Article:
Archive for the ‘Bookwormed’ Category

My brother lent me a book during the Holy Week because he could not finish the book. He told me it did not allow him to visualize anything and there were times he did not understand what the fuss is all about. He lost interest in the book because of it.

I have to admit my curiosity got the better of me so I finished the entire series to know what the heck Flammel’s secrets are. Sadly the series was not really a page turner. Pardon to those who loved the book but I share my brother’s confusion. I like being transported to different places whenever I read a book. I see what the characters see, feel what they feel. For some reason this did not happen to me with this book.

Michael Scott described the Elders, Second Generation, Immortals, Archons and beasts but it fell short for some reason. I do not see the supposedly beautiful creatures like Virginia Dare, Hel, She Who Watches even Scat in my mind. I am not scared of Bastet,  Xolotl, Areop-Enap, Dee, Nereus, Nereids and other creatures who supposedly resembled humans but really are not because I cannot imagine them in my head. I was not in Paris nor in London. I was not lost in Shadowrealm and experience how alive Yggdrasill can be. I did not get seasick passing through any leygates nor did I feel fascinated with the play of auras. I did not cringe whenever Niten, Palamedes, Mars, Josh, Sophie, Nicholas, Scat or those fighting for the humani get stabbed or hit. I do not rise up from my chair to knock some sense into Josh head nor do I feel helpless when Sophie loses her “twin”.

I find that this could have been condensed to three. If the author wished for it to be 6 then he could have used his words to make his reader, okay fine this reader see what he sees while writing. Instead he made the characters go on and on about their history. There was a recap of being the seventh daughter of the seventh daughter, of the days gone by, of what happened just a mere five pages before. The characters are too talkative, perhaps it may be the result of being alive for ten thousand years that they have to be too historical. I was always having this bubble thought of “yeah yeah, you just said that” each time. Just think of say all the twenty characters reminiscing each freaking time. I can go through two pages of these internal monologues and still get the gist of the story. The pages allotted for these flashbacks could have been better off if used to allow the readers, okay me and my brother, a peek of this enchanting world the Flammels walk on.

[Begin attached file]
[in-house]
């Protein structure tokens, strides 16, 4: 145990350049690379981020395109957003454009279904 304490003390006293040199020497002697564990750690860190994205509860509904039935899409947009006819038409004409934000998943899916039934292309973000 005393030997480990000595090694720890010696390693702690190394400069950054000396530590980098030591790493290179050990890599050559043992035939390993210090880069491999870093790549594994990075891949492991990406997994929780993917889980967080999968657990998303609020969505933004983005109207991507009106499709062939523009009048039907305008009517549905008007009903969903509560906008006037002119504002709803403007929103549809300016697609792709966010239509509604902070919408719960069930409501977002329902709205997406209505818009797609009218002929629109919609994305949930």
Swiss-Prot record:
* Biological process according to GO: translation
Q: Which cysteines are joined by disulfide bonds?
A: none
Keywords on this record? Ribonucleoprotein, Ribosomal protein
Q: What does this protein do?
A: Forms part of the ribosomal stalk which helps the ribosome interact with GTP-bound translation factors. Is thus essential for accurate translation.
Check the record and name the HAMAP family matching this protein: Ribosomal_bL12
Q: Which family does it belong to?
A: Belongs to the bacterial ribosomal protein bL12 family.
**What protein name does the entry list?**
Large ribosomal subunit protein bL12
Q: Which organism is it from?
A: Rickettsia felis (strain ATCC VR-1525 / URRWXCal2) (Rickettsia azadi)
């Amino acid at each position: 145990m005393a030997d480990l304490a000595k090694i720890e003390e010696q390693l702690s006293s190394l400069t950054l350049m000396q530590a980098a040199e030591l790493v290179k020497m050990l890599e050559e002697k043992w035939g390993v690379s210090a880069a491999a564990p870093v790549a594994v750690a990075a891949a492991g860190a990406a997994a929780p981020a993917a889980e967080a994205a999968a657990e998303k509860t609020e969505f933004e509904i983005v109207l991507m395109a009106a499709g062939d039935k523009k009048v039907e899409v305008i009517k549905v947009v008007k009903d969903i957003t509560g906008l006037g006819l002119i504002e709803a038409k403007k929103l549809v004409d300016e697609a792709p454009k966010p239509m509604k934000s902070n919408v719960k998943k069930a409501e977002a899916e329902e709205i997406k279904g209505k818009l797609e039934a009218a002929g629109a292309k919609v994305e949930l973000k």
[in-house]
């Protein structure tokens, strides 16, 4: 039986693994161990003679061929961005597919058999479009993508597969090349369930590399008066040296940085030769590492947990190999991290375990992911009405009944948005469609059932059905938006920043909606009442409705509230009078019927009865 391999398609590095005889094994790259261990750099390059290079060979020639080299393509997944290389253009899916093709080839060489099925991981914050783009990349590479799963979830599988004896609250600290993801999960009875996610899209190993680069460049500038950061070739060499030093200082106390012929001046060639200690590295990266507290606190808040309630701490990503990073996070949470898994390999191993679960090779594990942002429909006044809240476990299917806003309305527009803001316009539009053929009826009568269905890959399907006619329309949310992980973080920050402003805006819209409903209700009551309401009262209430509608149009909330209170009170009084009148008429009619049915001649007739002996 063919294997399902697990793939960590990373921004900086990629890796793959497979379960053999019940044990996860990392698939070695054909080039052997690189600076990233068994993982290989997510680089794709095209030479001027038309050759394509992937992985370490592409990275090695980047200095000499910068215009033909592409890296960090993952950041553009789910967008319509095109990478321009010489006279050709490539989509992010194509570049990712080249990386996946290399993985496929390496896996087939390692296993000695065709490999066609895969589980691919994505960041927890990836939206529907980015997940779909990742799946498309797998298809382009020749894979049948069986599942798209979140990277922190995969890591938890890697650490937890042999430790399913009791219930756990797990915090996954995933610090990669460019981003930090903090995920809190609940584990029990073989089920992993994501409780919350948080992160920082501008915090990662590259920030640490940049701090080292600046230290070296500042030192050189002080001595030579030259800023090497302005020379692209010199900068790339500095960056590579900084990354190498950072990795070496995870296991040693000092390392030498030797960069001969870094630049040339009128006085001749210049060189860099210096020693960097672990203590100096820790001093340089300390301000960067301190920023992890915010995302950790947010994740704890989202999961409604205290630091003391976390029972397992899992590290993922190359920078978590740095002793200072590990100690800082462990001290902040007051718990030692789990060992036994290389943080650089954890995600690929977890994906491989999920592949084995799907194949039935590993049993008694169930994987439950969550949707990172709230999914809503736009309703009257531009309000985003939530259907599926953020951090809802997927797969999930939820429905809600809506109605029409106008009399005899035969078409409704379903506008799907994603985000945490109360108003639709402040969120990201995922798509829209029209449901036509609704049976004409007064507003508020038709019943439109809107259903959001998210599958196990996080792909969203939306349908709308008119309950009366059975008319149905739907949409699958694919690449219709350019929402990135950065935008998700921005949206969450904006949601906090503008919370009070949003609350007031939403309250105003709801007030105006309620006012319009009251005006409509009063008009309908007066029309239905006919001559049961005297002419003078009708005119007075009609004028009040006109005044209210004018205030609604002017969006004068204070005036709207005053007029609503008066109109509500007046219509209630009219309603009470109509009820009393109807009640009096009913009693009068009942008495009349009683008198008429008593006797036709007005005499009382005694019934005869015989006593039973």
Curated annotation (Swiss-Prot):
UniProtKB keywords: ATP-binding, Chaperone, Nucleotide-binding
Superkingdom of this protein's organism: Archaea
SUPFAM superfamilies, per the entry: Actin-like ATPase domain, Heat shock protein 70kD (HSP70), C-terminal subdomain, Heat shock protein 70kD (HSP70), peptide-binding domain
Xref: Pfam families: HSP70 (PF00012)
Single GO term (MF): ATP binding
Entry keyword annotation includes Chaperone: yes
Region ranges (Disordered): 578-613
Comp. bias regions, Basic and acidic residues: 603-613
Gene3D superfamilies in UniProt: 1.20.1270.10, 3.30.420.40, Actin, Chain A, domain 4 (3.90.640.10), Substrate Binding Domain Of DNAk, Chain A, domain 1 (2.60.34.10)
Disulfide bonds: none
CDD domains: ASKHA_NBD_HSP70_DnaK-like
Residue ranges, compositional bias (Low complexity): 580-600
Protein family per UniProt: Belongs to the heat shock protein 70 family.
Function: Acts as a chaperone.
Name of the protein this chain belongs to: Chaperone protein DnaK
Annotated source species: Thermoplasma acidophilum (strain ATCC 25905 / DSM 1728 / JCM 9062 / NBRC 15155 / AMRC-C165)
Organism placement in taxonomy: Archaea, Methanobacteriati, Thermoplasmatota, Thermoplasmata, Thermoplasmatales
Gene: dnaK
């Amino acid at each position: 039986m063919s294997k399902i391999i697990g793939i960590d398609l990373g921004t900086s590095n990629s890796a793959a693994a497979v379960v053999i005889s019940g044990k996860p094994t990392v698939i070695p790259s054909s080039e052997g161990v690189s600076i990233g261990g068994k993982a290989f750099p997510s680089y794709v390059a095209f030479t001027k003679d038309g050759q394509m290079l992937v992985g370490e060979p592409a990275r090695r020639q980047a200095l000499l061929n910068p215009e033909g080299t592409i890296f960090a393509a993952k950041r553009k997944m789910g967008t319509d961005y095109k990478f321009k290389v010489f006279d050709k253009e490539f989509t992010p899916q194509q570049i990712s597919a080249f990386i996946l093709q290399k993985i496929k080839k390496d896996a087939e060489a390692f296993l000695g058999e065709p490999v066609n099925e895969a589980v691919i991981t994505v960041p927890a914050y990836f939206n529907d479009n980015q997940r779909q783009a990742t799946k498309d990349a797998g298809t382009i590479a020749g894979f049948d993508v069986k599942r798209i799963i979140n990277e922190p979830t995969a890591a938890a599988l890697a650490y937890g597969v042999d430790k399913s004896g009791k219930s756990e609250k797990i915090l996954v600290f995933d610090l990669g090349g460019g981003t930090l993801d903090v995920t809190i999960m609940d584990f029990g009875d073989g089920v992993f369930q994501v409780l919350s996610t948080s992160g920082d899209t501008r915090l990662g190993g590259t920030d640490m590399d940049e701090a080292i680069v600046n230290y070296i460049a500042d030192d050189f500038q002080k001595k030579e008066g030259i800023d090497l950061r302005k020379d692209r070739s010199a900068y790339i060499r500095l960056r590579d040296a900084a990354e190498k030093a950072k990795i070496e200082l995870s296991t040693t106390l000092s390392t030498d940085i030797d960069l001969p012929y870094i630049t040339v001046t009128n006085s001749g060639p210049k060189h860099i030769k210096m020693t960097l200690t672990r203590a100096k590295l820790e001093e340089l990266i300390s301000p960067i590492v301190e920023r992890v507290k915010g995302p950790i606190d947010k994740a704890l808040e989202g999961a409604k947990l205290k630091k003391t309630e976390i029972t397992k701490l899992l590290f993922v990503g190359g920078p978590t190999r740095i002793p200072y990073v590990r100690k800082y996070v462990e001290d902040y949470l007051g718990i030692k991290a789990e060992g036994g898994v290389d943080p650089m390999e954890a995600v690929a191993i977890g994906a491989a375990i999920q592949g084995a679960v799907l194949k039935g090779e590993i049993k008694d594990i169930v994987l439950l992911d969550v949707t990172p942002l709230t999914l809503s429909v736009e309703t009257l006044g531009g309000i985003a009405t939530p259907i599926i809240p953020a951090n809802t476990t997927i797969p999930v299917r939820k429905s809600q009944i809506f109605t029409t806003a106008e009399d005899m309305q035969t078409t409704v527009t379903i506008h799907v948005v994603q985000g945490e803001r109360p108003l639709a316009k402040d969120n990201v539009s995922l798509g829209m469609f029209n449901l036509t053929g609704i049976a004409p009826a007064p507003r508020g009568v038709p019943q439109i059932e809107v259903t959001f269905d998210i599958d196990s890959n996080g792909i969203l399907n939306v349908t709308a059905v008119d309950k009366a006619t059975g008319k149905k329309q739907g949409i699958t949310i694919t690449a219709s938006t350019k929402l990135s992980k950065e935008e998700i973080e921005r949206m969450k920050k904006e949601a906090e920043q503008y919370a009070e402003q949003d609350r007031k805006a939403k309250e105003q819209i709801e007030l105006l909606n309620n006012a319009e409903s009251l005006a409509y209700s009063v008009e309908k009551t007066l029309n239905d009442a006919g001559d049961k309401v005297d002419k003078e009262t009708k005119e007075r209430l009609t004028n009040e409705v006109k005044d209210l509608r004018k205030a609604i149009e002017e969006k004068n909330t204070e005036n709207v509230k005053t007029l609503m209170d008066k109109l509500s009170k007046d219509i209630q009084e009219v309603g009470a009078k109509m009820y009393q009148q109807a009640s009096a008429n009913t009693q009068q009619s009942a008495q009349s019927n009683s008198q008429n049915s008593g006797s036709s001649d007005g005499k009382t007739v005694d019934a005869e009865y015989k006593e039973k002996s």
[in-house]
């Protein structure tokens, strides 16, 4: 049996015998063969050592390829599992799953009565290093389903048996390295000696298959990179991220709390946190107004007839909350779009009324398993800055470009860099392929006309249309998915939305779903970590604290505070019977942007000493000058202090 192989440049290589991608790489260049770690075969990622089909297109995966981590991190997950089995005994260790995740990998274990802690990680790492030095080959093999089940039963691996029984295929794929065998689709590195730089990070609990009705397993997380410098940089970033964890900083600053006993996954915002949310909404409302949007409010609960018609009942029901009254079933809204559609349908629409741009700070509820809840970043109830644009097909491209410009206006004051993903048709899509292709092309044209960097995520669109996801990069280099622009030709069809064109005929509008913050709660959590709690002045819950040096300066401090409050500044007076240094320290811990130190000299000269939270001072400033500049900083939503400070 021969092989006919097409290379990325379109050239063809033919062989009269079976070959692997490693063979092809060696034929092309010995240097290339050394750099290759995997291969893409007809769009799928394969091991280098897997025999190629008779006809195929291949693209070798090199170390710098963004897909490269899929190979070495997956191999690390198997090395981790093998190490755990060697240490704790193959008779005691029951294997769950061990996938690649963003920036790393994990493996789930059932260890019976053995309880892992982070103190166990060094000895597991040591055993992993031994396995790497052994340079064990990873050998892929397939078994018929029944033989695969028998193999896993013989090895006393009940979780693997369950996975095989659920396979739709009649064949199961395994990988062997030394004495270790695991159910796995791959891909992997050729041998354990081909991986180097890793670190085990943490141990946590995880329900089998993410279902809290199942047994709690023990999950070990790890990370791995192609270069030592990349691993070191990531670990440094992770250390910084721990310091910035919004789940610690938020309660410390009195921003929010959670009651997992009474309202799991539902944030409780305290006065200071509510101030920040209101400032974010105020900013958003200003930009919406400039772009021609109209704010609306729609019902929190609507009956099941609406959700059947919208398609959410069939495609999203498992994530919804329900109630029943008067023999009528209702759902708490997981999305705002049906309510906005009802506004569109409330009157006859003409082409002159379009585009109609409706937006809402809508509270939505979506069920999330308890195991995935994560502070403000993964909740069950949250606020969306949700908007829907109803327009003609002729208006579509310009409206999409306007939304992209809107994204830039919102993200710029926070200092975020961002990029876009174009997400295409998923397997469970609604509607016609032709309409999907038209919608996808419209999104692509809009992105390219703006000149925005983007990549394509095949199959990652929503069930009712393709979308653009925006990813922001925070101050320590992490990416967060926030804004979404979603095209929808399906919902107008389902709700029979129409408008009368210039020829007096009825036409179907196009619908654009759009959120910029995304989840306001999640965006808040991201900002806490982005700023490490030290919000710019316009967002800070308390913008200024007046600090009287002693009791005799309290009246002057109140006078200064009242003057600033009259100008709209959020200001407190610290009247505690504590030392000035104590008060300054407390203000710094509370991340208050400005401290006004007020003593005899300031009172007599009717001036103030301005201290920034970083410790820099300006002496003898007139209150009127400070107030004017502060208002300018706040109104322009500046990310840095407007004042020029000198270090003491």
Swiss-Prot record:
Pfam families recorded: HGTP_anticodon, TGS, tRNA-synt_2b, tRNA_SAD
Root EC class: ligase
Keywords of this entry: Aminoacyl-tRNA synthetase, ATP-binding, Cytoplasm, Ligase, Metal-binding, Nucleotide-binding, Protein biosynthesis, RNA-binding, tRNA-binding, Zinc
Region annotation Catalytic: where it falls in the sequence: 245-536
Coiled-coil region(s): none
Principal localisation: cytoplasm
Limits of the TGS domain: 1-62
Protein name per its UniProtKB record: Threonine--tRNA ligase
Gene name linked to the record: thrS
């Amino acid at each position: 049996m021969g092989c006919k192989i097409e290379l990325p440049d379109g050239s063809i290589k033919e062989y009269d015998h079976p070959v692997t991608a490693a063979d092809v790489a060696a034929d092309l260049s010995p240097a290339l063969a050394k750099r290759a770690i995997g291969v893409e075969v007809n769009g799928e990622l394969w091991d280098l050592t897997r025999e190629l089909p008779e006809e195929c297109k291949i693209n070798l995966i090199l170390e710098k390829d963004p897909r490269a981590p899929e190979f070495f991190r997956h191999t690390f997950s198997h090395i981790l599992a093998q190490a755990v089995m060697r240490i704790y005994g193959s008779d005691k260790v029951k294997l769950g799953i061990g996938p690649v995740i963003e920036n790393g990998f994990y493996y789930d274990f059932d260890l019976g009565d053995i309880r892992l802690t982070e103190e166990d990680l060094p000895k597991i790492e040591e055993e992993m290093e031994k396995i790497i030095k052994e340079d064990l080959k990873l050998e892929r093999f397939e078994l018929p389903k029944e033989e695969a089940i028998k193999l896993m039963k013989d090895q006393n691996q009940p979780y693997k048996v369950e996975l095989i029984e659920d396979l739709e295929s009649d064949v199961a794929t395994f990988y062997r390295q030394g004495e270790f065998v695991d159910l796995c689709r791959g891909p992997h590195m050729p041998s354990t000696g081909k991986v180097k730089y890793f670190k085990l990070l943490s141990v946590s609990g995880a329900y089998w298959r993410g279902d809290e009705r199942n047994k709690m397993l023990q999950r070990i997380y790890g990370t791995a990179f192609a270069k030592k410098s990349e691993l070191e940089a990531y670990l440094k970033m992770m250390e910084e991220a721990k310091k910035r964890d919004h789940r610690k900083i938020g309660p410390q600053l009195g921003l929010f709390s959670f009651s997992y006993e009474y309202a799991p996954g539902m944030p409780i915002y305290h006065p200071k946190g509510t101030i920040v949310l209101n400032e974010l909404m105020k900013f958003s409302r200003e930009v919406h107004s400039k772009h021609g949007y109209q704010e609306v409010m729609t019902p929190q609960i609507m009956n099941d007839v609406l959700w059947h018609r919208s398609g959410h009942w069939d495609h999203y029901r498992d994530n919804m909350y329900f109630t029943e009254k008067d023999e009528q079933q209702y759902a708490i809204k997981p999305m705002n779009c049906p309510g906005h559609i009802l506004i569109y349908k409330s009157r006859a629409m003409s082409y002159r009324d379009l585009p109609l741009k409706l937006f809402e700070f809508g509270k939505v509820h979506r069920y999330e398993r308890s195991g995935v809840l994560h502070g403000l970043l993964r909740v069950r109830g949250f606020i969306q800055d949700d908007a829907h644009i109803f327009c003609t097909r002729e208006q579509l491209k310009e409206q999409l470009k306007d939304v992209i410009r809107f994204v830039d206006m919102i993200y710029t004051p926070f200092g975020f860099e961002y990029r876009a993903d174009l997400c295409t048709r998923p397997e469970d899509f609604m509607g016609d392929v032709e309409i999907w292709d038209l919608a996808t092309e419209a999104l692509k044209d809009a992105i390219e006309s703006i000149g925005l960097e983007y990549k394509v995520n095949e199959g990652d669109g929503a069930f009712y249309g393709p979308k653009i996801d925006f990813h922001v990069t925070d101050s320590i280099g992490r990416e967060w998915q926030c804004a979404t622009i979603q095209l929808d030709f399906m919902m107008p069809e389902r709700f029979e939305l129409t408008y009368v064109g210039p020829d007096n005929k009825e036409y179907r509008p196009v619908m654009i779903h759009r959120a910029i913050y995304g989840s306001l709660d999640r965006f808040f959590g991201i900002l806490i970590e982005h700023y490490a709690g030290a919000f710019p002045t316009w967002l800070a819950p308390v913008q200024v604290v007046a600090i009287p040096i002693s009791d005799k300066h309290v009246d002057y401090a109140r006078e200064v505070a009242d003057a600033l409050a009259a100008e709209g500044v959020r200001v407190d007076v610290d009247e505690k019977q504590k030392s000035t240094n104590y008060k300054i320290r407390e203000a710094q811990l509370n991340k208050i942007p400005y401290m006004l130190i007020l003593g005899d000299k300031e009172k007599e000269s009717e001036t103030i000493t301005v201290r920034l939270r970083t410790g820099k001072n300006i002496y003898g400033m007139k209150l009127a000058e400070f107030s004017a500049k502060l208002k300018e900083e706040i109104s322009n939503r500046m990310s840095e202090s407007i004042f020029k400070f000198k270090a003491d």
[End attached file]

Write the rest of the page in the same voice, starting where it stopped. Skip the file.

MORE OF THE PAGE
Also the redundancy of lines. Like say “And you don’t have to look quite so happy about it!” was mentioned by Perenelle to Niten, Joan to Scathach. These lines “It has been an honor to know you,” Prometheus said, sword blazing red in a semicircle about him, sparks screaming and exploding off shields and swords. “And it is an honor to die with you,” Niten answered. Then this Odin, who had been as tall and as broad as Mars, was now half his size. “It has been an honor to fight alongside you today,” he said. “It is an honor to die in your company,” Odin said, and breathed his last. You get that deja vu feeling not because you think you’ve read it somewhere else before but because you just read it a page or two ago.

Scott was able however to make the bromance between Palamedes and Will, Mars and Odin, and Billy the Kid and Black Hawk rather prominent. Their exchanges make it known that they  would do everything even die if need be for one another.  I also appreciate the twist in the end. All in all, it was not a badly written series like Twilight but it definitely isn’t a magical experience like Harry Potter was.

the-secrets-of-the-immortal-nicholas-flamel

I love to read but I am more drawn towards mystery novels than anything else. While perusing through old paperbacks in Trinoma, I chanced upon these novels by Anne Perry. I bought two books, The Twisted Root and Funeral in Blue. The main protagonist was this supposedly brilliant private investigator named William Monk. He lived in London during the Victorian era and has a wife named Hester. If the long and winding history of his life would be believed, Monk was a strict police investigator feared by junior policemen. He had no patience for idiocy, emotions and incompetence. That bit intrigued me.